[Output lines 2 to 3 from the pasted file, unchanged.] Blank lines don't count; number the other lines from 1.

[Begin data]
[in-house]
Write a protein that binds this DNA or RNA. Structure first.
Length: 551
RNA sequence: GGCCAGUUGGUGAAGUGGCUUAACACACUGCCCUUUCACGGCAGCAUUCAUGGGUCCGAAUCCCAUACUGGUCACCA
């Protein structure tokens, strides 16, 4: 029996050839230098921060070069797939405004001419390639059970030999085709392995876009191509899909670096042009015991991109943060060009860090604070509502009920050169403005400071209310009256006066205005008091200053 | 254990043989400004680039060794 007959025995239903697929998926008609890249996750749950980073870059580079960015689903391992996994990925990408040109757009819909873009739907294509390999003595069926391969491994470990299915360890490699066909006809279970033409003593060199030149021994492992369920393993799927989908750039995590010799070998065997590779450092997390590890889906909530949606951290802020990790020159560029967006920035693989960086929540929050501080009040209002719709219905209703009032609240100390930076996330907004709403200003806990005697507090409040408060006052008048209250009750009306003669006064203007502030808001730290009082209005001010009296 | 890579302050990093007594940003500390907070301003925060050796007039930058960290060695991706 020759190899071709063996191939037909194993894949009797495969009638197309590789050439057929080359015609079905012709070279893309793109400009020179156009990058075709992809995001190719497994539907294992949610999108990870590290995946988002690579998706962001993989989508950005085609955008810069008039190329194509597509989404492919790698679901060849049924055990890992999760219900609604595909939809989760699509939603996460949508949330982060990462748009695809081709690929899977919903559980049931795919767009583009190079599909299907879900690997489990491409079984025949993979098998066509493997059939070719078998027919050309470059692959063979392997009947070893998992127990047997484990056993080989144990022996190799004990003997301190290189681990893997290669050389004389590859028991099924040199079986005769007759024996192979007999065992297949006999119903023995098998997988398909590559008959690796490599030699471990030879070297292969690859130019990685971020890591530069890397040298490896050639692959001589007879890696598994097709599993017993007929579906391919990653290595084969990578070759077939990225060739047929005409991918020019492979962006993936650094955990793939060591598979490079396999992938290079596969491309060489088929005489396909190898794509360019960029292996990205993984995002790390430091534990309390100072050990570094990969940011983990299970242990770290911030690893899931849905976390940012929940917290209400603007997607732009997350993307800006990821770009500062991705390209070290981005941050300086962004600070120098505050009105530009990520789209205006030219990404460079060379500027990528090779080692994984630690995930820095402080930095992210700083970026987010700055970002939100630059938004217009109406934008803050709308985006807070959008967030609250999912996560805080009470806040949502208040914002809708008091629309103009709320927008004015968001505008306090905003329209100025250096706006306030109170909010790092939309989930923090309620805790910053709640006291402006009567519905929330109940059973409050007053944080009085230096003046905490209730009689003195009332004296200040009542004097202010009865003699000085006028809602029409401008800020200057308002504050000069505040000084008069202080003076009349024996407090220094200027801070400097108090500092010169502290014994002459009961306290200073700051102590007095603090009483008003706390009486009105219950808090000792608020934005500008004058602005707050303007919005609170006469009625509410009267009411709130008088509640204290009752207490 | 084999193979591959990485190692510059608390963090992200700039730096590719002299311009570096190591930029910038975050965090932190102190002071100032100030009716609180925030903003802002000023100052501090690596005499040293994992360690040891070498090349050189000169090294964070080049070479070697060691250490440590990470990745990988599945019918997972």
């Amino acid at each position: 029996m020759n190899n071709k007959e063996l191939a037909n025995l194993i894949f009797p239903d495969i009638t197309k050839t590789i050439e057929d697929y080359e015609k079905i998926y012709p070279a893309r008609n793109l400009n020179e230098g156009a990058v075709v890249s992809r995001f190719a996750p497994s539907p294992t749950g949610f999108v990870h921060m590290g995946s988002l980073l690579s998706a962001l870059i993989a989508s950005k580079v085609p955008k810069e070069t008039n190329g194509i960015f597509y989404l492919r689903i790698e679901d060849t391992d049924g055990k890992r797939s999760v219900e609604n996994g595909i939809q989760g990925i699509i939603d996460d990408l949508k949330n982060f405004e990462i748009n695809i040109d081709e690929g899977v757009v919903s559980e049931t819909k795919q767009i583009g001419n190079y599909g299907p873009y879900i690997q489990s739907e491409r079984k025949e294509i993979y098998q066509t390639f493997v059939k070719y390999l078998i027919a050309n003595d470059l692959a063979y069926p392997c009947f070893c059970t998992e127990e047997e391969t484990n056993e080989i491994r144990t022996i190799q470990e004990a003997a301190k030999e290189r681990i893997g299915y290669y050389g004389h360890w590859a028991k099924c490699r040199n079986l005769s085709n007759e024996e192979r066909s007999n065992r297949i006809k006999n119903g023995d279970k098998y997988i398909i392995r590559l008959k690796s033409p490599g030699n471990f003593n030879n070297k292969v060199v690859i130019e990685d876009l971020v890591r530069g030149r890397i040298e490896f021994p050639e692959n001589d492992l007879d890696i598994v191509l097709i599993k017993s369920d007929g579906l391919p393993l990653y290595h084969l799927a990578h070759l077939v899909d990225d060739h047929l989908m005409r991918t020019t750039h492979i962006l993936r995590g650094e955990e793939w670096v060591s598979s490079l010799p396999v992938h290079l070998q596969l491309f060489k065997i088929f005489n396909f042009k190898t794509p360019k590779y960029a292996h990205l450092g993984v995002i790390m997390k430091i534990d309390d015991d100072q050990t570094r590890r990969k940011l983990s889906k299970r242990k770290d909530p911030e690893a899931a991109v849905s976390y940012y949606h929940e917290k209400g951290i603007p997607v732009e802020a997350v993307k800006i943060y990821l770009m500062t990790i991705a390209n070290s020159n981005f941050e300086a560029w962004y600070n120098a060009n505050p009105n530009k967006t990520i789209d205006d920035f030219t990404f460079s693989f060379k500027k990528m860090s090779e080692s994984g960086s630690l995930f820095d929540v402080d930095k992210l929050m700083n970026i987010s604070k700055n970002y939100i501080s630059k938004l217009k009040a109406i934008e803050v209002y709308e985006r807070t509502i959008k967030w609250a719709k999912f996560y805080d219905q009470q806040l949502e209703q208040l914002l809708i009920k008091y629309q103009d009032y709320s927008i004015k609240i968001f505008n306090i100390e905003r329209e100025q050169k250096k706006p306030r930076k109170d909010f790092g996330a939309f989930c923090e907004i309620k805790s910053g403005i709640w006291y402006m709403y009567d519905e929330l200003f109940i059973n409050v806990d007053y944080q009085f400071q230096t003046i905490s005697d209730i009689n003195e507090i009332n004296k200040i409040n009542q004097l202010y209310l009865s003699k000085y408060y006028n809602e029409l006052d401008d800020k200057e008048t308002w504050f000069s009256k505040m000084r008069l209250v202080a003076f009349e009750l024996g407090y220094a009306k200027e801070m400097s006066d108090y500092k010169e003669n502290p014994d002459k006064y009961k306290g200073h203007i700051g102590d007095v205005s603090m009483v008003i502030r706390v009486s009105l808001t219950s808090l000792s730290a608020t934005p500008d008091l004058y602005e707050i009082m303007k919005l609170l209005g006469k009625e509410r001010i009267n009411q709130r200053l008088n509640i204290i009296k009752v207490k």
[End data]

Write a protein that binds this DNA or RNA. Structure first.
Length: 551